As part of the Georgia Tech Scheller College of Business Countdown to Commencement series, we interviewed a few soon-to-be graduates from our Undergraduate program to learn about their backgrounds, why they chose Scheller, and what they plan to do after the Fall 2021 commencement.
Meet Elizabeth Glass who is graduating with a concentration in operations and supply chain management and a certificate in international business.
Where are you from?
Where did you attend high school?
What is the biggest lesson you gained from studying business?
The biggest lesson I learned is that there is not one right answer when it comes to business problems, and that’s okay. Many times, professors would ask a question in class and the answer would be “it depends.” Through my time at Scheller, my professors challenged me and were able to teach me not what to think, but how to think about business problems and solutions. This new way of thinking has helped me to be more open-minded in my problem solving and to have a mindset of constant innovation and improvement. Because there is not one right answer, there is always more you can do or another way of looking at things, and it has helped me to become a more creative problem solver in my work.
What advice would you give to a student looking to major in a business-related field?
Do it! Majoring in business, especially at Scheller, can open so many doors for you. You are not limited to certain industries or companies because of your major, and you can tailor what you learn to what interests you the most.
As a business student in the heart of Tech Square, how do you think Scheller College embodies the intersection of business and technology?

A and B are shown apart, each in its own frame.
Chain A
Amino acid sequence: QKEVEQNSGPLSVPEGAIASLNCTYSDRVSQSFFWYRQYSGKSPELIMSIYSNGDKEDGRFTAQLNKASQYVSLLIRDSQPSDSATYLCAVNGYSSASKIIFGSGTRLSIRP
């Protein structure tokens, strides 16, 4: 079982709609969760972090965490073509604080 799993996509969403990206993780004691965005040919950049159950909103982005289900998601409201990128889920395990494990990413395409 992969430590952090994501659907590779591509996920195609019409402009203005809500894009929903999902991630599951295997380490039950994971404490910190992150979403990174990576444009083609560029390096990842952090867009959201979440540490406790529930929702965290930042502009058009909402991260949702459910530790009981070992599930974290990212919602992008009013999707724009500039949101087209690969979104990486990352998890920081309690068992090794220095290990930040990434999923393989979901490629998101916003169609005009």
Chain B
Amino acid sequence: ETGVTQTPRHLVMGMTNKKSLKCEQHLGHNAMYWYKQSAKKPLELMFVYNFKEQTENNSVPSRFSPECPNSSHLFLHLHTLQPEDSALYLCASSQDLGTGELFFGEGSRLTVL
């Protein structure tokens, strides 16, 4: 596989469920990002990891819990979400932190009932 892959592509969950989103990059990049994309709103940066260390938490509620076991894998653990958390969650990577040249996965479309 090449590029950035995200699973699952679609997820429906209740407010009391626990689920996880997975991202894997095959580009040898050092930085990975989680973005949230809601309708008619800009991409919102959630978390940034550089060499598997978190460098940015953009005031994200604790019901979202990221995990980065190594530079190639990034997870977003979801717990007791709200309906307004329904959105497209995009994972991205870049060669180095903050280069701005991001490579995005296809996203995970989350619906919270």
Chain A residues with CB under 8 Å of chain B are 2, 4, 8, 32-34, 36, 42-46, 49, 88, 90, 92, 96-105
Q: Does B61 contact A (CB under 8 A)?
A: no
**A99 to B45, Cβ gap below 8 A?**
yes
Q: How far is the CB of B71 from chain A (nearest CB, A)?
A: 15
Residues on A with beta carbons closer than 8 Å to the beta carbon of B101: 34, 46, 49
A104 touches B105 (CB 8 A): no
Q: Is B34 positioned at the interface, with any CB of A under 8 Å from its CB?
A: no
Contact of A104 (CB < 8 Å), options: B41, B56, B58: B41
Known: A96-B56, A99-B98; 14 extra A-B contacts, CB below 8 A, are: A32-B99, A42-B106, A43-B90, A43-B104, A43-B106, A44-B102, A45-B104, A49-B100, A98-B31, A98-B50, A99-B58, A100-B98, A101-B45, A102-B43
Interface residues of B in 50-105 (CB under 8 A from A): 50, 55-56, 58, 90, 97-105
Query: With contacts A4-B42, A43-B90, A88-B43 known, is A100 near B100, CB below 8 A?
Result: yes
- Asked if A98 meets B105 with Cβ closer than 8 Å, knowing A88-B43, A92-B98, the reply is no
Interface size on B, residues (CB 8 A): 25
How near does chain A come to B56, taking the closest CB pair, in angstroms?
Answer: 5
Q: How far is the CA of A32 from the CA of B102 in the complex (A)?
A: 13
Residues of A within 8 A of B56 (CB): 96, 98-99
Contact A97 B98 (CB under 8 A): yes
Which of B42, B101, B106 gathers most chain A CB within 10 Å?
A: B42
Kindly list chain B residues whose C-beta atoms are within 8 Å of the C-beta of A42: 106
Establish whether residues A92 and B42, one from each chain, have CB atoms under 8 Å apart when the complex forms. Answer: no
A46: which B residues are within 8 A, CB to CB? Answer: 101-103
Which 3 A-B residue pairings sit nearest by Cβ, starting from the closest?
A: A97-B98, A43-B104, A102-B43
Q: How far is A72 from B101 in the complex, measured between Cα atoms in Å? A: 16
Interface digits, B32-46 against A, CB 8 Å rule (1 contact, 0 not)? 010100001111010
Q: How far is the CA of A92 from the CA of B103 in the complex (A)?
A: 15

I think there are two big ways that I have seen this intersection play out. The first way is in the classroom. I have not been in a single class where I wasn’t learning some new technical skill or learning how to leverage technology to solve the business problems that I may face one day. We are also at an extremely successful technology school, so having classmates and friends in other technical majors such as computer science and engineering has taught me how to work with people who look at things differently than I do as a business major. The second way is in our physical location. We are surrounded by start-up technology firms, and too many business incubators to keep track of! Many of us have gotten internships at these companies through the help of Scheller faculty, and without our foundation from Scheller, we would not have been able to succeed in such a fast-paced, technical environments.
What was your favorite business course?
My favorite course would have to be Supply Chain Modeling. I loved that it was a very hands-on class and that the professor brought real world techniques and situations to the topics he was teaching us. The simulations that we got to do as a part of the course also helped me realize how complex this topic truly is and how much fun it is to solve business problems like this. It was also enjoyable because I took it with my twin brother Mark, and our competition to have the best simulation results really helped to challenge me in the class.
Who is your favorite professor?
There are so many to choose from, but Professor Tim Martin is hands down my favorite professor that I have had here at Tech. He understands how we learn and teaches in such a way that you can’t help but remember the concepts. I came into class every day excited to hear what he had to say and loved his sometimes unconventional methods of teaching concepts to us. Look up the marshmallow challenge if you want to see the fun way he taught us about design thinking and the importance of prototyping! He would use real world situations from his career to teach us, and he genuinely cares about the students. I loved his classes so much that I took him three semesters in a row just so I could continue learning from him.
What has surprised you most about majoring in business at Scheller?
The thing that surprised me the most was how approachable and helpful the faculty and staff are at Scheller. Coming from a tiny rural high school to a huge university, I wasn’t sure that I would be able to form connections with my professors like I did in high school, but they definitely proved me wrong. My professors have been invaluable resources for me throughout my time at Tech, and I know that they genuinely want me to succeed both now and in the future.
What are some of your extracurricular activities, community work and leadership roles during college?